The symbolic violence of Trump’s feud with the NFL, over its player’s right to protest and highlight the injustice that not only affects their own lives but the lives of their families, friends, the myriad of fans, as well as the service personnel in defense of this country when they return home is a farce. This is clearly a conveyance of intolerance that is indicative of an intent to destroy what is fundamentally an American virtue — tolerance.

It is by extension the same issue being displayed with our prevailing immigration policies — intolerance.

Just About the Only Thing Trump Hasn’t Lied About

“This is a very winning, strong issue for me,” Mr. Trump said in a phone call, according to a sworn deposition given by Mr. Jones and reviewed by The Wall Street Journal. “Tell everybody, you can’t win this one. This one lifts me.”

If we continue to lift him in this way we will be crushed under the weight of intolerance. This is clearly a startling truth about the intent to deceive and sow authoritarianism that is wielded in the most racist and vilest of ways covertly being kept and obfuscated as ingratitude and disrespect for a thing, or a place we have been conditioned to unconditionally love. This is also meant to conditionally force us into saluting a commander-in-chief, of which we by popular vote, loathe to love.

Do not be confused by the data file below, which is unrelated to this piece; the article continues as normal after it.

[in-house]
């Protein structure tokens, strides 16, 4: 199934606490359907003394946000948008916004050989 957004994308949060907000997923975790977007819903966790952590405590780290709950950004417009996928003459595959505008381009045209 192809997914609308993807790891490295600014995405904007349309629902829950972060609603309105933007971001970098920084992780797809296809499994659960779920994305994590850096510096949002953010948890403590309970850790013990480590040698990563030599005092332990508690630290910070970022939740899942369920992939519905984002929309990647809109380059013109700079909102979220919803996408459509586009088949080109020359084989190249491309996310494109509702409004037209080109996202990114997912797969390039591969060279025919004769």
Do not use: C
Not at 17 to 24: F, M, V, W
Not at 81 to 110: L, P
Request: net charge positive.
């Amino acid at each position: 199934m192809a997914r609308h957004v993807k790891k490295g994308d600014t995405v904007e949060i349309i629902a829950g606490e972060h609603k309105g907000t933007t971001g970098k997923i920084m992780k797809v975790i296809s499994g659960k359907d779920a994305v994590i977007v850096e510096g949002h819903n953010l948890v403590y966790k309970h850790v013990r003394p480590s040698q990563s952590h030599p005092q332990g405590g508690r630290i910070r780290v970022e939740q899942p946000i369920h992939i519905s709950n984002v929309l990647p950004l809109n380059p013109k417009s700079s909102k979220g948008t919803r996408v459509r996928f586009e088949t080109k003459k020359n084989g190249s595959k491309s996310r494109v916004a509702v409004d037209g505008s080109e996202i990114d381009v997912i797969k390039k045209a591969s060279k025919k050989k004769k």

A White House official said that Mr. Trump was advising Mr. Jones on what he believed would be good for the country and good for the sport. “The majority of the American people agree with the president, love our country, love our flag and believe it should be respected,” the official said.

I love America but I hate the truth it keeps from us and the lies it tells about us. My intent here is to expose this love hate relationship for what it is and what is it is doing to us all.

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It appears the more that I write the better I perceive.